Source Water Protection Plan Now in Effect
For Immediate Release
Wednesday, April 1, 2015
On September 30, 2014 the Ministry of the Environment and Climate Change announced that the City of Greater Sudbury’s Drinking Water Source Protection Plan had been approved. Implementation of this Plan will officially come into effect April 1, 2015.
A local Source Protection Committee, a group of appointed multi-stakeholder representatives from the public, industry, the municipality, the local Conservation Authority and concerned citizen groups were responsible for the creation of the Terms of Reference, the Assessment Report and the Source Protection Plan.
The Source Protection Plan contains policies that address potential drinking water threat activities occurring in sensitive areas such as Wellhead Protection Areas (WHPA), Intake Protection Zones (IPZ), and Issue Contributing Areas (ICA), as identified in the Greater Sudbury Assessment Report.
The Greater Sudbury Source Protection Plan is designed to protect existing and future sources of municipal drinking water by managing threat activities.
As of April 1, 2015 the policies within this plan must be implemented. It details policies for activities such as agriculture; the use and storage of chemicals, salt and snow storage, sewage storage and disposal, solid waste and water quantity. The policies in the Plan are to be administered and enforced by the City.
“It is our responsibility to protect our sources of municipal drinking water,” said Nick Benkovich, City of Greater Sudbury Director of Water/Wastewater Services.
“We will continue to ensure safe drinking water will remain a protected resource for future generations.”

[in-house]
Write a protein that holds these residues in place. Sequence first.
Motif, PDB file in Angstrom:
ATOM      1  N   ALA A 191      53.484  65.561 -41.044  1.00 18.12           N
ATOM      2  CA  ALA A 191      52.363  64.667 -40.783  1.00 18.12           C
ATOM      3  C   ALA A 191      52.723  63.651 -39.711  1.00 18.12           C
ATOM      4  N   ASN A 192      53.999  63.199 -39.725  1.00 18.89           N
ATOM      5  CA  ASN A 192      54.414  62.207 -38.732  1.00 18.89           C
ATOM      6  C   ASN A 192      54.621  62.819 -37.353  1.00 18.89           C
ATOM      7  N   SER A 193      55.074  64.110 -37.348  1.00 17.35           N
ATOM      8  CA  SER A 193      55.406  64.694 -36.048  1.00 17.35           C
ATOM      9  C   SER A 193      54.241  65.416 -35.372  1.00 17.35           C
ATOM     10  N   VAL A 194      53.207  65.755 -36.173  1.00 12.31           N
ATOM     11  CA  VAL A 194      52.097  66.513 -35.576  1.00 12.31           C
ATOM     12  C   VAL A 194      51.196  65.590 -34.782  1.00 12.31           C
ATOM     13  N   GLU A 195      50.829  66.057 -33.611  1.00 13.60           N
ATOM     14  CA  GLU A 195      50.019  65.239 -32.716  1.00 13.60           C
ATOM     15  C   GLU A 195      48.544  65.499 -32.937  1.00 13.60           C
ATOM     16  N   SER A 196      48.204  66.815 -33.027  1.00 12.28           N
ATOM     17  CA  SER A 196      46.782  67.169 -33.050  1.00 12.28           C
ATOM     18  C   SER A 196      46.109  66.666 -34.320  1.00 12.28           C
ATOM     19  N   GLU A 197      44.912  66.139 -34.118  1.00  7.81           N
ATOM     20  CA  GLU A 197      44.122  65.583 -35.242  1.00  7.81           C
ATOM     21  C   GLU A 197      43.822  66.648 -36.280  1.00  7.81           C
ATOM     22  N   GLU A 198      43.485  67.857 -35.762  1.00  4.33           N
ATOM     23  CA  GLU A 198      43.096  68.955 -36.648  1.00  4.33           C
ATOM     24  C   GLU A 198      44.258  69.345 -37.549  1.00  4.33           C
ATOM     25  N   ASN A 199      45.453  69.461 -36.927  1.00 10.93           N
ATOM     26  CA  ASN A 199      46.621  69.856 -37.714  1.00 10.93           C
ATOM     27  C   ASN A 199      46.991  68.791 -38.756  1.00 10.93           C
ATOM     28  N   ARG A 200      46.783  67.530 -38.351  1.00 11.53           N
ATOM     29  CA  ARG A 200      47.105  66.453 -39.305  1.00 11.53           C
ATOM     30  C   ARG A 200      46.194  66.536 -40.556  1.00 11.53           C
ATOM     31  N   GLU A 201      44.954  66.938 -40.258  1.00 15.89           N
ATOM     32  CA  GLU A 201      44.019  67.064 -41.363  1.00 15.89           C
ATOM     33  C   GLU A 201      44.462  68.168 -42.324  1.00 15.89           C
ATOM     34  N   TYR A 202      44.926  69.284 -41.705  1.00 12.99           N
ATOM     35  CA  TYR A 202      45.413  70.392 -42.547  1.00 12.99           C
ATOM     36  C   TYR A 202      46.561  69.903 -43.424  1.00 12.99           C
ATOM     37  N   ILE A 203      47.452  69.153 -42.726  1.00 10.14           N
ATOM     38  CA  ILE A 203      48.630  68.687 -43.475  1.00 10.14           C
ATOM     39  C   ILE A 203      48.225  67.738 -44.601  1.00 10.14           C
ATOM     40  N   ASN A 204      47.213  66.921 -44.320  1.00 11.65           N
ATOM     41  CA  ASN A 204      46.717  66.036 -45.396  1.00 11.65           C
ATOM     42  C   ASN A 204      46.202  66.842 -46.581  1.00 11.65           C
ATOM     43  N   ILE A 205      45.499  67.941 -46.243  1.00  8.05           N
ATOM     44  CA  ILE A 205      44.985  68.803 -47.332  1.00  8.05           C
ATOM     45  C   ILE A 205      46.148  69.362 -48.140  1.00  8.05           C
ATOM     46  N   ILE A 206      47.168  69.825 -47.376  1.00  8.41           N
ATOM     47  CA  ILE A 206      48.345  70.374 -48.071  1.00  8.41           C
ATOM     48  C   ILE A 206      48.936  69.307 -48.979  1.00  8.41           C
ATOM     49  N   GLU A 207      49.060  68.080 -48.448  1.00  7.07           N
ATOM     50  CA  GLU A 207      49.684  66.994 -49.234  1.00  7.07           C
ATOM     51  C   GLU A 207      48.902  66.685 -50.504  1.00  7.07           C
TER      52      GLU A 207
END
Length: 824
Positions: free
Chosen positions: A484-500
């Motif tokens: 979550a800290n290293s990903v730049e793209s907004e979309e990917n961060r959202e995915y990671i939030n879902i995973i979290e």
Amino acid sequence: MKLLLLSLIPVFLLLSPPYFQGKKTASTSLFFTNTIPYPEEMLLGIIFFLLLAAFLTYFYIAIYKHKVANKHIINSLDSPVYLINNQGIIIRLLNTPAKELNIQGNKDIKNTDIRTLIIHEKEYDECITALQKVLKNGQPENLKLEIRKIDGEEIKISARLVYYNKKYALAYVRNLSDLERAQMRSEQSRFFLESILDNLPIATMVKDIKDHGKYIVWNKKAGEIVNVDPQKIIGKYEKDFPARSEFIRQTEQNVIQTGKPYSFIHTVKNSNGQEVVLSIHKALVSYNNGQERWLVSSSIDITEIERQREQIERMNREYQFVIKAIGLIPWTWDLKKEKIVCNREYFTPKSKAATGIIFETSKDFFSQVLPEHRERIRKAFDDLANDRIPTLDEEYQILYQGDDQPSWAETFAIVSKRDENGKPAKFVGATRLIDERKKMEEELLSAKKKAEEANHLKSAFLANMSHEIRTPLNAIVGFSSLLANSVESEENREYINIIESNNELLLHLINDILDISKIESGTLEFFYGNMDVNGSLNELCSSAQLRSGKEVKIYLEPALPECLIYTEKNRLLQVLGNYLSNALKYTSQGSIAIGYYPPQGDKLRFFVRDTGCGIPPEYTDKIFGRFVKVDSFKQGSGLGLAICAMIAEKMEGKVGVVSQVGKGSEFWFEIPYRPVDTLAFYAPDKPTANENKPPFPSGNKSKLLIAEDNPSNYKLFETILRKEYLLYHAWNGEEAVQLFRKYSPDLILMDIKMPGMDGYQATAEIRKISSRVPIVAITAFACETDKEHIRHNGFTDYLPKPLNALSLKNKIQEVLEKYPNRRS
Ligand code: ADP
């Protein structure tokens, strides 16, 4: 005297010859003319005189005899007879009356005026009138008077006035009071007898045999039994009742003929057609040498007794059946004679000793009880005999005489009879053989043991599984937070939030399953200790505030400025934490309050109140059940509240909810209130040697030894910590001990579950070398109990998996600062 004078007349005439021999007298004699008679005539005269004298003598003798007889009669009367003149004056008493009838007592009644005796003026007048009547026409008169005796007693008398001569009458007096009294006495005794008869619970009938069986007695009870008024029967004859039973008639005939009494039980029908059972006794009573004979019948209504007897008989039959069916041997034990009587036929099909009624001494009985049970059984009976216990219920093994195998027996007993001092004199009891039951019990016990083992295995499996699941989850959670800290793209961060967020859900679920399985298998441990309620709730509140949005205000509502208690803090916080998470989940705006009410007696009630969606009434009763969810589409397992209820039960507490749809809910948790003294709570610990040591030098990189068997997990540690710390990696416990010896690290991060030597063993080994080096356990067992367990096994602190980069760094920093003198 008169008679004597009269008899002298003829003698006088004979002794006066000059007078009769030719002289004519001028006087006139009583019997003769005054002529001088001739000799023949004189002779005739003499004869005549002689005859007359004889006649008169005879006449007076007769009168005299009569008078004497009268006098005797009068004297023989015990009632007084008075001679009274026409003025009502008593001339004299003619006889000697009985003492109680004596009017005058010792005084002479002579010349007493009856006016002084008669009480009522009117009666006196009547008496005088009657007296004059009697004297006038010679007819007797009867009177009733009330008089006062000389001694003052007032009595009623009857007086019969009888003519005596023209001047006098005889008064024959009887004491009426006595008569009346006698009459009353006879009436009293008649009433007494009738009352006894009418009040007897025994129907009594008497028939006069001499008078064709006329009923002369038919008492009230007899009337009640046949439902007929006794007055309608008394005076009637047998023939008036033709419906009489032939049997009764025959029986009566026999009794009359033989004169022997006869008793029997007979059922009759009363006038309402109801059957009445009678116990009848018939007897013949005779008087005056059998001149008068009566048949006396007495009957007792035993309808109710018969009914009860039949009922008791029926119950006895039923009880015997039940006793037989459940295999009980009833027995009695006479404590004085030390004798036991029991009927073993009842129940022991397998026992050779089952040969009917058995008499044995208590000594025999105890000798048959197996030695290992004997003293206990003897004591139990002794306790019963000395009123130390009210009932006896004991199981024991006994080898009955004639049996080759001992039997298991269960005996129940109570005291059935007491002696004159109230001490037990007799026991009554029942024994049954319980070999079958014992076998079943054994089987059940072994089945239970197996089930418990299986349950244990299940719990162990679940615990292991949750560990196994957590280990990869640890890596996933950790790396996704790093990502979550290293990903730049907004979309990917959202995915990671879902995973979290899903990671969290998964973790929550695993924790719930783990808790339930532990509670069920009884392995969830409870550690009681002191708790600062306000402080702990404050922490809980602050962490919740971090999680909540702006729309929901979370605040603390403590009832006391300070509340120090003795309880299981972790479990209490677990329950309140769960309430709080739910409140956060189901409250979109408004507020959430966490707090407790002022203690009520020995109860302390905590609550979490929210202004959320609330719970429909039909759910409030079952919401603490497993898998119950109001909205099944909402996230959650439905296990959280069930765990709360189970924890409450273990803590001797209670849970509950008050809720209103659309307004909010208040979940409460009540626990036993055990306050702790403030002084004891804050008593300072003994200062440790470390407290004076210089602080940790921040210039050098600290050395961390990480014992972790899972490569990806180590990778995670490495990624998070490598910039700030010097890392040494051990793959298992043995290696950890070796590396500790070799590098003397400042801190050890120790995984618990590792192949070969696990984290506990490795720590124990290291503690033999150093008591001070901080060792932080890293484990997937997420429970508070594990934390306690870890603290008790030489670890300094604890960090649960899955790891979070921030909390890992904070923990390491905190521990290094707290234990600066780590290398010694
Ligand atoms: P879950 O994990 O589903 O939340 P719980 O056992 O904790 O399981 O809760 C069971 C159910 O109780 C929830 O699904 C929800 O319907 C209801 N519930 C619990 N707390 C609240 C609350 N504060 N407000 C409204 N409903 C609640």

Section 59 of the Clean Water Act, 2006 is now applicable law in the Ontario Building Code, which requires an approval from the Risk Management Office prior to a building permit being issued if proposed construction is in a vulnerable area. The City will work closely with its residents to ensure those changes are adhered to.
The plan will affect City processes such as planning approvals and the building code permit process. The City will work closely with its residents to ensure those changes are adhered to.
“We are committed,as always, to helping the residents and businesses understand how this will affect their specific permit needs” Guido Mazza, Chief Building Official, Director of Building Services said.
Planning projects requiring a permit or other Planning Act processes such as re-zoning and Site Plan Control can review mapping provided on the City’s web site. These maps will help determine if a project falls within the regulated area. Once determined, it’s important to contact the Risk Management Office for details of how a project may be affected.
Only approximately 10 per cent of the property fabric of the City of Greater Sudbury are affected by this new regulatory regime.
More information on Source Water Protection Plans and the Clean Water Act can be found on the Ministry’s website at www.ene.gov.on.ca.
To view the Greater Sudbury’s Source Water Protection Plan, please visit
Source water protection plan